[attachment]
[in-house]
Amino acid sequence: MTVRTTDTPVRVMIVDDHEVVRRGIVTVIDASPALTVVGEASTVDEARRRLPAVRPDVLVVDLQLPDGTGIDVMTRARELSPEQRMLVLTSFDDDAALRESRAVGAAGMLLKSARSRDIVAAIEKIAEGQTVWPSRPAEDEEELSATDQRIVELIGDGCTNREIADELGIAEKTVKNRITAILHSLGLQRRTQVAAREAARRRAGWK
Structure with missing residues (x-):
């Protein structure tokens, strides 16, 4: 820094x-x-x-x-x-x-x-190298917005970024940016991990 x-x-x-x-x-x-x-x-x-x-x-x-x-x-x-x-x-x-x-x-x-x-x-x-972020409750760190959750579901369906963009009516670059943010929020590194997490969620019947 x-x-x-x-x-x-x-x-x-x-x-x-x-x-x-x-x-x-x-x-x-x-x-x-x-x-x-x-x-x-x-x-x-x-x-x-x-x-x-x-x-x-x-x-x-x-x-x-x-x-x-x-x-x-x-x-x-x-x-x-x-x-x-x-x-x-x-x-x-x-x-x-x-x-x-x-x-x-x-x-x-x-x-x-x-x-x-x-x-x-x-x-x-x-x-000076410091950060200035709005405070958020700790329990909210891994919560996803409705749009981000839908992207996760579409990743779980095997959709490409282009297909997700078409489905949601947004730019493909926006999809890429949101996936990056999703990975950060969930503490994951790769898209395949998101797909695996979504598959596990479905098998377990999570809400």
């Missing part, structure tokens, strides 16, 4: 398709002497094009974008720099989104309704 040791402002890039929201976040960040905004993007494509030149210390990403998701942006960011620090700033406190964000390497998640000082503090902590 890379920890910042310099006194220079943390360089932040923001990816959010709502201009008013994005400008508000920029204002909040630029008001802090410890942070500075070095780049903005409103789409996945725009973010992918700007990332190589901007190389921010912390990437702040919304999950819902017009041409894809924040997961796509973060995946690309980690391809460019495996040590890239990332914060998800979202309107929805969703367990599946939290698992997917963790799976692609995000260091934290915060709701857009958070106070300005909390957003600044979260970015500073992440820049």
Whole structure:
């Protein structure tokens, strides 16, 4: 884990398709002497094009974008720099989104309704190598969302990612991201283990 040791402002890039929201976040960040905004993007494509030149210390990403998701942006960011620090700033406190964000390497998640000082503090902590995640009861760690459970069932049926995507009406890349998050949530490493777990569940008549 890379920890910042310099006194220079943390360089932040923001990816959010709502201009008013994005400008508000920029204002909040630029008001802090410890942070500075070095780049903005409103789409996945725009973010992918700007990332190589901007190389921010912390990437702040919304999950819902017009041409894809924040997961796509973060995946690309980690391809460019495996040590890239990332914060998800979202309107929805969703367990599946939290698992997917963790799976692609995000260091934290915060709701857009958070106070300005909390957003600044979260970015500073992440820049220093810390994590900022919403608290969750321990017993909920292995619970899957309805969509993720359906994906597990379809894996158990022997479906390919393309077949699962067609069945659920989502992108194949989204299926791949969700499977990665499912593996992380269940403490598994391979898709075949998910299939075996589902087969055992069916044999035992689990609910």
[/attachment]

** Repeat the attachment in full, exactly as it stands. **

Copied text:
[in-house]
Amino acid sequence: MTVRTTDTPVRVMIVDDHEVVRRGIVTVIDASPALTVVGEASTVDEARRRLPAVRPDVLVVDLQLPDGTGIDVMTRARELSPEQRMLVLTSFDDDAALRESRAVGAAGMLLKSARSRDIVAAIEKIAEGQTVWPSRPAEDEEELSATDQRIVELIGDGCTNREIADELGIAEKTVKNRITAILHSLGLQRRTQVAAREAARRRAGWK
Structure with missing residues (x-):
């Protein structure tokens, strides 16, 4: 820094x-x-x-x-x-x-x-190298917005970024940016991990 x-x-x-x-x-x-x-x-x-x-x-x-x-x-x-x-x-x-x-x-x-x-x-x-972020409750760190959750579901369906963009009516670059943010929020590194997490969620019947 x-x-x-x-x-x-x-x-x-x-x-x-x-x-x-x-x-x-x-x-x-x-x-x-x-x-x-x-x-x-x-x-x-x-x-x-x-x-x-x-x-x-x-x-x-x-x-x-x-x-x-x-x-x-x-x-x-x-x-x-x-x-x-x-x-x-x-x-x-x-x-x-x-x-x-x-x-x-x-x-x-x-x-x-x-x-x-x-x-x-x-x-x-x-x-000076410091950060200035709005405070958020700790329990909210891994919560996803409705749009981000839908992207996760579409990743779980095997959709490409282009297909997700078409489905949601947004730019493909926006999809890429949101996936990056999703990975950060969930503490994951790769898209395949998101797909695996979504598959596990479905098998377990999570809400």
């Missing part, structure tokens, strides 16, 4: 398709002497094009974008720099989104309704 040791402002890039929201976040960040905004993007494509030149210390990403998701942006960011620090700033406190964000390497998640000082503090902590 890379920890910042310099006194220079943390360089932040923001990816959010709502201009008013994005400008508000920029204002909040630029008001802090410890942070500075070095780049903005409103789409996945725009973010992918700007990332190589901007190389921010912390990437702040919304999950819902017009041409894809924040997961796509973060995946690309980690391809460019495996040590890239990332914060998800979202309107929805969703367990599946939290698992997917963790799976692609995000260091934290915060709701857009958070106070300005909390957003600044979260970015500073992440820049």
Whole structure:
């Protein structure tokens, strides 16, 4: 884990398709002497094009974008720099989104309704190598969302990612991201283990 040791402002890039929201976040960040905004993007494509030149210390990403998701942006960011620090700033406190964000390497998640000082503090902590995640009861760690459970069932049926995507009406890349998050949530490493777990569940008549 890379920890910042310099006194220079943390360089932040923001990816959010709502201009008013994005400008508000920029204002909040630029008001802090410890942070500075070095780049903005409103789409996945725009973010992918700007990332190589901007190389921010912390990437702040919304999950819902017009041409894809924040997961796509973060995946690309980690391809460019495996040590890239990332914060998800979202309107929805969703367990599946939290698992997917963790799976692609995000260091934290915060709701857009958070106070300005909390957003600044979260970015500073992440820049220093810390994590900022919403608290969750321990017993909920292995619970899957309805969509993720359906994906597990379809894996158990022997479906390919393309077949699962067609069945659920989502992108194949989204299926791949969700499977990665499912593996992380269940403490598994391979898709075949998910299939075996589902087969055992069916044999035992689990609910």